Monday, 5 October 2015

The Mystery of Edwin Drood by Charles Dickens (1870; unfinished)

Originally Written in 2009

Between reading Our Mutual Friend and The Mystery of Edwin Drood I sped through a little volume of Dickens' ghost stories. Quite a few of them I'd read before but one of them really stood out - The Signalman (1866), the one Christopher Eccleston's Doctor praises in particular in the Doctor Who episode The Unquiet Dead (2005), revolving around Charles Dickens at about the point in his life he was writing The Mystery of Edwin Drood. It's only a few pages long, but really stood out as genuinely creepy and full of a nail-biting suspense. When Dickens wants to, he can do mystery and intrigue as well as any modern author... you learn when reading The Mystery of Edwin Drood. The more profound and fascinating psychology of unrequited, flawed or doomed love explored in Our Mutual Friend rears its head again here (bear in mind these novels are written in the wake of his obsessive affair with the young actress Ellen Ternan), but there are plenty more innovations that make this book stand out - very little action in London; opium, opium dens and its effects upon users; a greater focus on the church and the clergy; a mystery surrounding the disappearance of the titular character; and a more mature account of love - it's all here in the first half of this unfinished classic. About half of this novel was written before Dickens' death in June 1870, and it is so rich that by the end one truly wonders whether, had it been completed, it would have ranked among his best.

That is in large part due to the greatest villain yet - John Jasper, the choir master. He's chillingly real, a man consumed by his passionate love for young Rosa. Think light years away from Fagin and Quilp. Think Iago (Othello) meets Steerpike (Gormenghast). Think absolutely bloody terrifying. In the first chapter Dickens forms Jasper's character without giving us any precise information, merely from his first appearance in an opium den, and the character is unwrapped very slowly through the book. There is no doubt in my mind that Jasper killed Edwin Drood and framed Neville Landless because of his own lecherous desire for Rosa. Read spellbound as he lazes in an opium den and dreams, and next minute orchestrates the cathedral choir. Devour the mesmerising section where Grewgious tells him that Edwin and Rosa did not plan to marry, and Jasper suffers a terrifying seizure because he has killed his nephew for nothing. And shudder as he manipulates Rosa through a few choice words, yet all the time appears to be leaning carefree on a sundial.

The early pages of the novel are particularly evocative and atmospheric - in the drowsy ancient cathedral town of Cloisterham (a lightly fictionalised Rochester), Dickens asembles a shadowy setting of graveyards, cloisters and the cathedral interior itself. The opening of the first chapter is yet another corker - a murky view of the cathedral tower from the gloom of an Oriental, smoky opium den, zooming in on the desperate John Jasper like a cinematic zoom at the start of a high-budget film. Fortunately the pace never lets off from hereon in, and instances such as his description of the town of Cloisterham in Chapter 3, his portrayal of graveyards and mews by night, and a particularly fine paragraph about the morning to open the final surviving chapter are all examples of the Great Man at his best.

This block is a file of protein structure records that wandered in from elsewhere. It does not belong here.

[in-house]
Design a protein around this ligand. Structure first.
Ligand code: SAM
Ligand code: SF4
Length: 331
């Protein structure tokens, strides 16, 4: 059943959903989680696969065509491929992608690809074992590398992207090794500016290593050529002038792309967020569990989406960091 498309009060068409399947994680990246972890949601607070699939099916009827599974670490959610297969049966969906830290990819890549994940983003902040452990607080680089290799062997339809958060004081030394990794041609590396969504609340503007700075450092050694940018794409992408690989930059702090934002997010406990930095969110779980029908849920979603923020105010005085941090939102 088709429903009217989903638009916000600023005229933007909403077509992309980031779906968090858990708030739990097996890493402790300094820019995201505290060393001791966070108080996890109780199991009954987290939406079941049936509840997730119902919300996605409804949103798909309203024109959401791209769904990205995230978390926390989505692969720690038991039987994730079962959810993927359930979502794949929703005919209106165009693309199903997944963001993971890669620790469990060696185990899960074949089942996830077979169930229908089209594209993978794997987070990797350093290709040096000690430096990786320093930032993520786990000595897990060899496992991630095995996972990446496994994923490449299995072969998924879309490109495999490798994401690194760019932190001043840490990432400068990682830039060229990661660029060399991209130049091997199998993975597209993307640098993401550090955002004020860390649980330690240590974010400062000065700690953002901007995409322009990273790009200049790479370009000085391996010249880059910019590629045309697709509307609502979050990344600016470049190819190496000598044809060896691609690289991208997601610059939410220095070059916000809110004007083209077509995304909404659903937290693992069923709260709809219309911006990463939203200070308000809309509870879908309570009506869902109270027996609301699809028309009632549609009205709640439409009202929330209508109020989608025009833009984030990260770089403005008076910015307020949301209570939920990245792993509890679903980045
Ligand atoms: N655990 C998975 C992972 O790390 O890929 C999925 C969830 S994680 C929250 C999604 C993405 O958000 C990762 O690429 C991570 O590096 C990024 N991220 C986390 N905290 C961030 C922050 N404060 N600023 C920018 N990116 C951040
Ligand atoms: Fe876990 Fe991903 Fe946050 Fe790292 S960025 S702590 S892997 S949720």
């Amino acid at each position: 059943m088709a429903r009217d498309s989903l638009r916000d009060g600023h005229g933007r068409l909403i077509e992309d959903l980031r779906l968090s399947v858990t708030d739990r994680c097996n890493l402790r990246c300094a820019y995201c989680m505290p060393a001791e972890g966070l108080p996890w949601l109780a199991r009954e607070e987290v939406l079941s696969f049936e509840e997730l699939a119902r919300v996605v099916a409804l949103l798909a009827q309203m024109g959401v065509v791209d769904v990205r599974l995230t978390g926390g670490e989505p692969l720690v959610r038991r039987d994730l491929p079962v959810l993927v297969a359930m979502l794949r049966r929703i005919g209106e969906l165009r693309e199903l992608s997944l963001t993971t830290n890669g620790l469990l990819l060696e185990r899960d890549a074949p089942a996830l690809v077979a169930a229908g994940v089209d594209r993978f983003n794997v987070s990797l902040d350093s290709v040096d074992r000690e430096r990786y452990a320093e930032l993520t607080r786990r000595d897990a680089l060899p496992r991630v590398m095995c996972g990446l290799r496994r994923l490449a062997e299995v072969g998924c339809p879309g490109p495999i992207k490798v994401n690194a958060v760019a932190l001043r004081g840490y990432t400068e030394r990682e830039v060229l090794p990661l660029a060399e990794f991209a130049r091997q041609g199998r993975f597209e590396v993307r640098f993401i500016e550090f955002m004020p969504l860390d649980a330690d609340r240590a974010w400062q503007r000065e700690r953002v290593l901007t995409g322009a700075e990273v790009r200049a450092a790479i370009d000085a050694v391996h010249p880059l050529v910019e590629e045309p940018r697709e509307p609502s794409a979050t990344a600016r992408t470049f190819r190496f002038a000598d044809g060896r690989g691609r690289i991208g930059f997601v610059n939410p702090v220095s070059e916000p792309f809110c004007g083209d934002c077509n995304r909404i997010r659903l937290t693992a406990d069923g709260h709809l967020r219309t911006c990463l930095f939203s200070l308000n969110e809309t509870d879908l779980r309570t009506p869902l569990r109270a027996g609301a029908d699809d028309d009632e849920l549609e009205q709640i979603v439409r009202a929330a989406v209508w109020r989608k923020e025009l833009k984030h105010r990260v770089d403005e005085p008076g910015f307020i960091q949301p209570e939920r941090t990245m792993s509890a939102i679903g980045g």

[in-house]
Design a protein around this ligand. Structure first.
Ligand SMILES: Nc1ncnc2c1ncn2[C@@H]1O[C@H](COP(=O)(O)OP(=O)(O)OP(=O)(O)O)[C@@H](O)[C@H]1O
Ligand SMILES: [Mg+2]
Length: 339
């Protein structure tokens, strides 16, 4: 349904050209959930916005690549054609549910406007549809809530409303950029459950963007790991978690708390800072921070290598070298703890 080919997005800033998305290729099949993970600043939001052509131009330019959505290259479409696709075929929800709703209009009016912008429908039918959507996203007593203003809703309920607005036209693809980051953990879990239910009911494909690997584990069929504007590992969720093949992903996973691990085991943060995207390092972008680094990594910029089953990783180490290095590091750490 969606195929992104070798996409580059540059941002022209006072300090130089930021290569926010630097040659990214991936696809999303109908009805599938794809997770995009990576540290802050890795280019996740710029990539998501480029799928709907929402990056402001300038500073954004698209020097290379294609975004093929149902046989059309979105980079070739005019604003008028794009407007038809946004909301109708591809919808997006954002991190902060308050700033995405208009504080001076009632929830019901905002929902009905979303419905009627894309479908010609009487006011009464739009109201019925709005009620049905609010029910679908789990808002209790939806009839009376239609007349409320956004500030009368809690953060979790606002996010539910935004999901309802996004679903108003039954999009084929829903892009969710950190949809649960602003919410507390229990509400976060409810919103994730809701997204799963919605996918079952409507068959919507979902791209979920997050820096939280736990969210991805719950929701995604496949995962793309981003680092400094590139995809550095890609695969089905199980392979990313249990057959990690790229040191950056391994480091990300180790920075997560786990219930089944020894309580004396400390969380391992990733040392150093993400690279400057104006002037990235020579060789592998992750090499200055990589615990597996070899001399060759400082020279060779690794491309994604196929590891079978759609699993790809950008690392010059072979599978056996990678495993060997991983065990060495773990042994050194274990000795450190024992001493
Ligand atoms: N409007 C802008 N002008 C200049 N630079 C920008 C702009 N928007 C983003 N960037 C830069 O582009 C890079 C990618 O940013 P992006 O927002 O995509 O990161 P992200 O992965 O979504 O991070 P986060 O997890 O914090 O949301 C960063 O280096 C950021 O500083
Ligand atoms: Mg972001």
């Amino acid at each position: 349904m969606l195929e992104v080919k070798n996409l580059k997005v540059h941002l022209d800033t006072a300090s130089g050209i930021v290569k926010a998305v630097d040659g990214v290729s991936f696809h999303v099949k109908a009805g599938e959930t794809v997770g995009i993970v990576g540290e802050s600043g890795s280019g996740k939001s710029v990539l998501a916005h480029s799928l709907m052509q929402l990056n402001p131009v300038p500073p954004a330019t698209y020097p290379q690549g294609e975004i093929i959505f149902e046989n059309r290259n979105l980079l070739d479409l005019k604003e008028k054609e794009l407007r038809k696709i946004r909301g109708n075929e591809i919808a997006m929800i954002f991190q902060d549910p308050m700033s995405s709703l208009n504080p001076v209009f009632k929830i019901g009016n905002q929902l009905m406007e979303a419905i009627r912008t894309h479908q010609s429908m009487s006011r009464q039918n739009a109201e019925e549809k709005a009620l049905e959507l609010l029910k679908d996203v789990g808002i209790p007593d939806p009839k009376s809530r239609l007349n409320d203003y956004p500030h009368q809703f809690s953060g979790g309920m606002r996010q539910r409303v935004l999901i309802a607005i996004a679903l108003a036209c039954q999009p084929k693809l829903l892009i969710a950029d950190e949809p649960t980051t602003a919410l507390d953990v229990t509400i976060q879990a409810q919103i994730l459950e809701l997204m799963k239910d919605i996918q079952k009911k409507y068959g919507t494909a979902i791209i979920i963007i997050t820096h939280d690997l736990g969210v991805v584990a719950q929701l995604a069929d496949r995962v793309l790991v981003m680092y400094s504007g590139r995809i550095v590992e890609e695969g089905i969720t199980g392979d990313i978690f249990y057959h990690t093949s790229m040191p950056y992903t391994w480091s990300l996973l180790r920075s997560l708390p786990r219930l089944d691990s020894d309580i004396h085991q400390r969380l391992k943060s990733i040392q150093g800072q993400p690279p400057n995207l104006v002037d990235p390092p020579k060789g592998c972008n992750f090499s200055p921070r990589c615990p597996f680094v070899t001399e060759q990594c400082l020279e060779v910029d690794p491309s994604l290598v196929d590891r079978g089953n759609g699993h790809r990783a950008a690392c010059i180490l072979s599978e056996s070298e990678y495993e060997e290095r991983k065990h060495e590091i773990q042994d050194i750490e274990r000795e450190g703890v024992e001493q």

Dickens' lifelike denizens of Cloisterham are particularly interesting because of the prevalence of moral shades of gray. The only man you never doubt is anything other than a good guy is the Reverend Septimus Crisparkle, hard-working and decent, a true believer and not a hypocrite at all like many of the others. Mr Grewgious is another Dickens departure: a good lawyer! He might be a touch too bureaucratically bumbling, but is essentially harmless. The other inhabitants of Cloisterham are almost all unpleasant - Mr Honeythunder continues the theme of telescopic philanthropy from Mrs Jellyby in Bleak House, although Honeythunder is far nastier at heart; Mr Sapsea is thoroughly plausible as a pompous and easily flattered mayor; and let's not forget the tactless gravedigger Durdles and a horribly snobbish Dean.

While these are all very entertaining, it is with his main characters that Dickens achieves most; the love triangle between Rosa, Neville and the eponymous Edwin is both the best and worst of humanity. Terrible things pass between them, but there is hope when Edwin and Rosa decide not to marry that they may get along better as brother and sister in the future. The dynamic between Edwin and Neville has overtones of the Wrayburn-Headstone dynamic; Neville is impetuous and gets angry far too easily, but at times one sympathises with him, so out of place in this society, and considers whether Edwin might be taking Rosa for granted.

Best of all, and yet most tragic, is the irony that Dickens' first fully-fledged mystery is the one that remains unfinished, and there truly is a sense that just as the story is reaching its most intriguing, mysterious part we arrive at a cruelly mocking blank page. The chapter filled with a presentiment of Edwin's murder is superbly taut, as is the following chapter where the search for the murderer begins - it's riveting stuff. This book has everything Dickens does best. We can only guess what he might have accomplished by the end, or even if he had written another 3 books in the next decade or so, but let's also be thankful that he left behind the stunning heritage that he did. Without it, literature would be so much poorer.

No comments:

Post a Comment